Matters requiring a special resolution of the owners or their representatives – for example, the amendment of a conduct rule. A special resolution requires that 75 percent of all those present or represented in both number (on a show of hands) and value (in accordance with the participation quotas of those present or represented) must vote in favour of the resolution;
Matters that require a unanimous resolution – for example, conferring registered exclusive-use rights on an owner. Everyone present at the meeting must be in favour of such a resolution and 80 percent of the owners calculated in both number and value must be present or represented;
Matters that require the written consent of every owner – for example, a decision to purchase land to extend the common property.
RULES OF THE SCHEME
When you buy a sectional title property, the estate agent or seller should give you a copy of the body corpo- rate’s rules. If they do not, you should be able to obtain a copy from the local Deeds Office.
The body corporate rules are divided into management rules and conduct rules. Management rules deal with issues such as the election of trustees, when they can be disqualified, their powers and duties, and what procedures should be followed at meetings of the body corporate. While there are prescribed management rules set out in the Sectional Titles Act, bodies corporate can include rules which are specific to that sectional title scheme.
Conduct rules cover what you can and cannot do, such as not washing your car on the premises or not carrying out renovations at specified times, such as Sundays.
When you buy into a sectional title development, you have to:
Within reason, allow the body corporate to have access to your section when necessary;
Carry out any work on your section required by the local authority;
Keep your section in a state of good repair, and keep any area of common property allocated for your exclusive use in a neat and clean condition;
Inform the body corporate of a change in ownership of your unit; and
Use your section only for the purpose expressly or tacitly intended by the sectional plan (for example, you may not rent out a garage for accommodation).
FINANCIAL STABILITY OF THE SCHEME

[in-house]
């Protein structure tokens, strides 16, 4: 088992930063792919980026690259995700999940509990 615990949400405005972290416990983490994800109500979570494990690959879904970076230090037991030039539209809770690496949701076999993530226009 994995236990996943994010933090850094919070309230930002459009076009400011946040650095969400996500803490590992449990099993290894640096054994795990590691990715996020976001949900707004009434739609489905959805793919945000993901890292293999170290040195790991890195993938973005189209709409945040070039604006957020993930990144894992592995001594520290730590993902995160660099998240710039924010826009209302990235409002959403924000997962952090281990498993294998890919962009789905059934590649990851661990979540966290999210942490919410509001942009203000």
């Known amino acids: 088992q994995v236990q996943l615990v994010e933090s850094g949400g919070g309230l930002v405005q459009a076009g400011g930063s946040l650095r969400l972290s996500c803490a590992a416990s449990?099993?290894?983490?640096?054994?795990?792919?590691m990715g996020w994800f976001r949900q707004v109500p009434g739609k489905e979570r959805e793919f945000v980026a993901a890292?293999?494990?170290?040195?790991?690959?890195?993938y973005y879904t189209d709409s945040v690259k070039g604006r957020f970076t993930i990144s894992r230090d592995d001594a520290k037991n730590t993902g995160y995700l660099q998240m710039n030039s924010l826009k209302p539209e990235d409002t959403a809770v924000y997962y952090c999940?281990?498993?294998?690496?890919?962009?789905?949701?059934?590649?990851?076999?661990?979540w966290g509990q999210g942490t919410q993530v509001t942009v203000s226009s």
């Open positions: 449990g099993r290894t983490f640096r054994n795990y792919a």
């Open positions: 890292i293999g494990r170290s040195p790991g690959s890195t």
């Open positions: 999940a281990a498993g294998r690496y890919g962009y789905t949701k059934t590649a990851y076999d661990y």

Unlike a freehold property, where you have to pay your own insurance, electricity and water, when you buy a sectional title property, some of these costs will be covered by a monthly levy that you pay to the body corporate. Among other things, the levy covers the cost of your homeowner’s insurance premiums, as well as the costs of running and maintaining the common property. As of last year, a sectional title owner is responsible for paying the rates on his or her unit directly to the local authority.
Not everyone in a sectional title scheme pays the same levy. The levy you pay depends on the value of your participation quota, and it is calculated by taking the annual budget of the complex, dividing it by 12 to get a monthly figure and multiplying the result by your participation quota.
Bear in mind that your levy is payable over and above your monthly bond repayments and rates and is likely to increase each year.
You should ask the managing agent, estate agent or seller if the body corporate has imposed, or is likely to impose, a special levy.
A special levy is an additional levy (usually for a higher amount than the regular levy) that may be raised to cover a large or once-off expense that cannot be met through ordinary levies or from the scheme’s reserves – for example, for retiling the roof of the apartment block.
If a special levy has or will be imposed over a period straddling the transfer, you can include a clause in the offer to purchase that states who (the buyer or the seller) will be responsible for paying it.
For more on sectional title living, see our website, www.persfin.co.za, for articles by Graham Paddock and Mike Addison, which originally appeared in Personal Finance magazine.